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Back on the market: sprawling Victorian mansion in Woodbridge Farms for $800K

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This gorgeous home could use some love

A huge home with three floors and a varied facade of wood and brick. There’s a few boarded up windows and missing roof shingles. Photos by Next Door Photos

When we first featured this enormous Victorian mansion in November last year, it got quite the response. People were at turns awed by the size, original details, price, work required to fix it up—everything. After temporarily being taken off the market, this impressive and sprawling home in Woodbridge Farms is back.

The listing says that the 6,800-square-foot Victorian was built in 1900. Unfortunately, it’s starting to show signs of its age: the wood siding is falling off, the porch roof is slumping, and some of the windows are boarded up.

But there’s so much potential for someone brave enough to take on the task of renovating the three-bedroom home. There’s tons of original wood trim, pocket doors, and fireplaces. An enormous, ornamental sunroom room with tiled floors looks out into the expansive backyard. There’s the possibility to add a rooftop deck. It comes with two adjacent side-lots. We could go on.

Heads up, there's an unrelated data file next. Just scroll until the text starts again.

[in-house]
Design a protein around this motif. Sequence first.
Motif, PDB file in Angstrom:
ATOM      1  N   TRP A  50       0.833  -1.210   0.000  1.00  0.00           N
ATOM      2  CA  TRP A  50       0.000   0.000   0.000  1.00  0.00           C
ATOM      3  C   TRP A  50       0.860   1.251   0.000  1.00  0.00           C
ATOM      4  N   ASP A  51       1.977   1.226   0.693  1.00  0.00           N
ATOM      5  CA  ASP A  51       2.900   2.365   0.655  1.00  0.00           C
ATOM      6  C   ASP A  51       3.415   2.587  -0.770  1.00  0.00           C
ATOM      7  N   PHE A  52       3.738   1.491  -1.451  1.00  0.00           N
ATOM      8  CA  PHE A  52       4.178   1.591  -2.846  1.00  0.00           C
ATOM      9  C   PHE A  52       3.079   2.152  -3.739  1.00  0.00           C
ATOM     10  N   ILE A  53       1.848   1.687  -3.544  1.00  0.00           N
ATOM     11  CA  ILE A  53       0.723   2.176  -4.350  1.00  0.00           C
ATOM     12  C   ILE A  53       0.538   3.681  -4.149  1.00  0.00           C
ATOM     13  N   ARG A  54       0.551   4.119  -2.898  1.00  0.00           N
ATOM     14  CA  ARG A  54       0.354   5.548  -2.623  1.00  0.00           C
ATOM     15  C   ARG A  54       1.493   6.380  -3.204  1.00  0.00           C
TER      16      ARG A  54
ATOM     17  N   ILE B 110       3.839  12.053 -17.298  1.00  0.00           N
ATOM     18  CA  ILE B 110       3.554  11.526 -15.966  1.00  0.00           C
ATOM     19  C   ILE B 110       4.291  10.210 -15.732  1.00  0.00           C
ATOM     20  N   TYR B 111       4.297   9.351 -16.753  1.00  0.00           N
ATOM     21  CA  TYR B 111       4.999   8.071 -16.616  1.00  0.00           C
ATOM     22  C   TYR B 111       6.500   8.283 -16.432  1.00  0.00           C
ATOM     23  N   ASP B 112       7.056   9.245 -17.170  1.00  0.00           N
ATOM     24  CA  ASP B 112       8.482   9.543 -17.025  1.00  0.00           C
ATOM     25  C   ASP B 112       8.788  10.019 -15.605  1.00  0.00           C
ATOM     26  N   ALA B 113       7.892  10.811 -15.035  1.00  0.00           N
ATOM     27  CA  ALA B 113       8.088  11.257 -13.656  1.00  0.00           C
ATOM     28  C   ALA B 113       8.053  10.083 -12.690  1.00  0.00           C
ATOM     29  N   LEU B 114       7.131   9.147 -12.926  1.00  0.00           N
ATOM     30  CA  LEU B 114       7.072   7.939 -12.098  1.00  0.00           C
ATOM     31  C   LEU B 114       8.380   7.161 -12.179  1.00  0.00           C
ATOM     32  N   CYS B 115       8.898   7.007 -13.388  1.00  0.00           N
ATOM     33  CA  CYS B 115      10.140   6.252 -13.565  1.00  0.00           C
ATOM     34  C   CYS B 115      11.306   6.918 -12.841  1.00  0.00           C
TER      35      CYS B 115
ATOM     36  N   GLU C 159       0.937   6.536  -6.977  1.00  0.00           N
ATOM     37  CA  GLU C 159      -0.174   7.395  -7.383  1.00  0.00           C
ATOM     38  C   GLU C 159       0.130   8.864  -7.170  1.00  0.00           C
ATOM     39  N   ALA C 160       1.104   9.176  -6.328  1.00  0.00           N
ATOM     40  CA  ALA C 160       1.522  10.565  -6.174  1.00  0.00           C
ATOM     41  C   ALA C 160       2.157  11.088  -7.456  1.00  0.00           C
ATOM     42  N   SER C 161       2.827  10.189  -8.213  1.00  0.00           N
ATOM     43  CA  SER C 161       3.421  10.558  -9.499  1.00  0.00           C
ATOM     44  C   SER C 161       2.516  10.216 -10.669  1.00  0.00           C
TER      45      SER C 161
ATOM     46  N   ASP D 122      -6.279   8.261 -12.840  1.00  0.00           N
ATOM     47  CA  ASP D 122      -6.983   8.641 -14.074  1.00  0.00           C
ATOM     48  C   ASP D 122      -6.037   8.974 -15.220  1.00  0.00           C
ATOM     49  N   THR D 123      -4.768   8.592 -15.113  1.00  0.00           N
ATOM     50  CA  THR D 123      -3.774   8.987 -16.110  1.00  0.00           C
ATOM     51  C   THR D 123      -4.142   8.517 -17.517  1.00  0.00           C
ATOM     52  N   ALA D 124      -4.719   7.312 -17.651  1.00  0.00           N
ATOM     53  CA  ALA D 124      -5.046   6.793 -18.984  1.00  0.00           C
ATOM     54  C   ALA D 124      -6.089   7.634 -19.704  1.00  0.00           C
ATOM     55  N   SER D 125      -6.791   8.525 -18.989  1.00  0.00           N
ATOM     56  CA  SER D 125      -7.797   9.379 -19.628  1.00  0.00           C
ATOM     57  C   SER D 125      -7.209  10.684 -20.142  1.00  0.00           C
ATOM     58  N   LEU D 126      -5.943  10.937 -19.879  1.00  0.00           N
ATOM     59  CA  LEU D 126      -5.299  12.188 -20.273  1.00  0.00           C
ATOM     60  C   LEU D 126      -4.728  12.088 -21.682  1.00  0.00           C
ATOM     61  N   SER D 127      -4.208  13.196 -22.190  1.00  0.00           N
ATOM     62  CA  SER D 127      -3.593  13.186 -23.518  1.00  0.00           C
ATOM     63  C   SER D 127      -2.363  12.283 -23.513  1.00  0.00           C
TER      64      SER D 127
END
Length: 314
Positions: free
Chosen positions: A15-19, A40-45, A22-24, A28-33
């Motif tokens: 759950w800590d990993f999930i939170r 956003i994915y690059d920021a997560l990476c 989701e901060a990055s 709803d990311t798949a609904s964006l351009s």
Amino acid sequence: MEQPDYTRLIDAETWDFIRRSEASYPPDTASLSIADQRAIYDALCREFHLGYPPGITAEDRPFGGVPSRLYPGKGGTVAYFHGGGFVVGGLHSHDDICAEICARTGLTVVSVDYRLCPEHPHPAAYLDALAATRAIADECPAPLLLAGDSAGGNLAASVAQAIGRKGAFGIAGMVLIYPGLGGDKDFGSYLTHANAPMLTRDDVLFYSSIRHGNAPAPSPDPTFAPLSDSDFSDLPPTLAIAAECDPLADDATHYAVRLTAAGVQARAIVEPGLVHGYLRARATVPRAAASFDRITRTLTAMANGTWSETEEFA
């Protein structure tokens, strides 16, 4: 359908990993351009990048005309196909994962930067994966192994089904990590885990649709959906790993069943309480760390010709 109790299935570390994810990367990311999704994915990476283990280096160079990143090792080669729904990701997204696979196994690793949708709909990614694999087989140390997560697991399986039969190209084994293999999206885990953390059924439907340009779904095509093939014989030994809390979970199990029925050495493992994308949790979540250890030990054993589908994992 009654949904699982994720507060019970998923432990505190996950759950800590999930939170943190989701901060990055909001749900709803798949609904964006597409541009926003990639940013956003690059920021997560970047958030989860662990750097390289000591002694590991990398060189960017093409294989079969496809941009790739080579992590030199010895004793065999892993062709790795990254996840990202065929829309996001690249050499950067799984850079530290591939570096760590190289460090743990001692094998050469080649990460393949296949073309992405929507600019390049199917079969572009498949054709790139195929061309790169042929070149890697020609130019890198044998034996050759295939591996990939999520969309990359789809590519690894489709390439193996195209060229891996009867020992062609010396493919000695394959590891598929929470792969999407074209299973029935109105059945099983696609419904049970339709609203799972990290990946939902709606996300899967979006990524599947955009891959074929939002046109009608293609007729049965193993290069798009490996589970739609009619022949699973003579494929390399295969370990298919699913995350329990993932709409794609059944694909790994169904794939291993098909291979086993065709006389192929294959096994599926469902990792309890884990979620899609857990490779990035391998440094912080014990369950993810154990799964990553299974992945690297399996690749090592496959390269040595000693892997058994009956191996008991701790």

It seems like the current owners—who bought the house in 2009 for $40,000—have done some work, though much of it is in progress.

According to the listing agent, the home was nearly bought by a developer looking to turn the property into a multifamily project. The home was to be converted into multiple units and townhomes built on the empty lots, but financing fell through.

This incredible home will definitely require some deep pockets. 3971 Lincoln Street is listed for $799,900 with Matt O’Laughlin of Alexander Real Estate Detroit.

Large arched front entrance with double wood doors.
The foyer has wood staircase and pocket doors.
A sitting room with a sofa and green wallpaper.
A huge kitchen with a large, rectangular white-tiled island.
A huge sun room with gold-pained coffered ceiling and tons of bike equipment spread out on the tiled floor.
The side of the brick house has a long back section that ends in a second-story deck.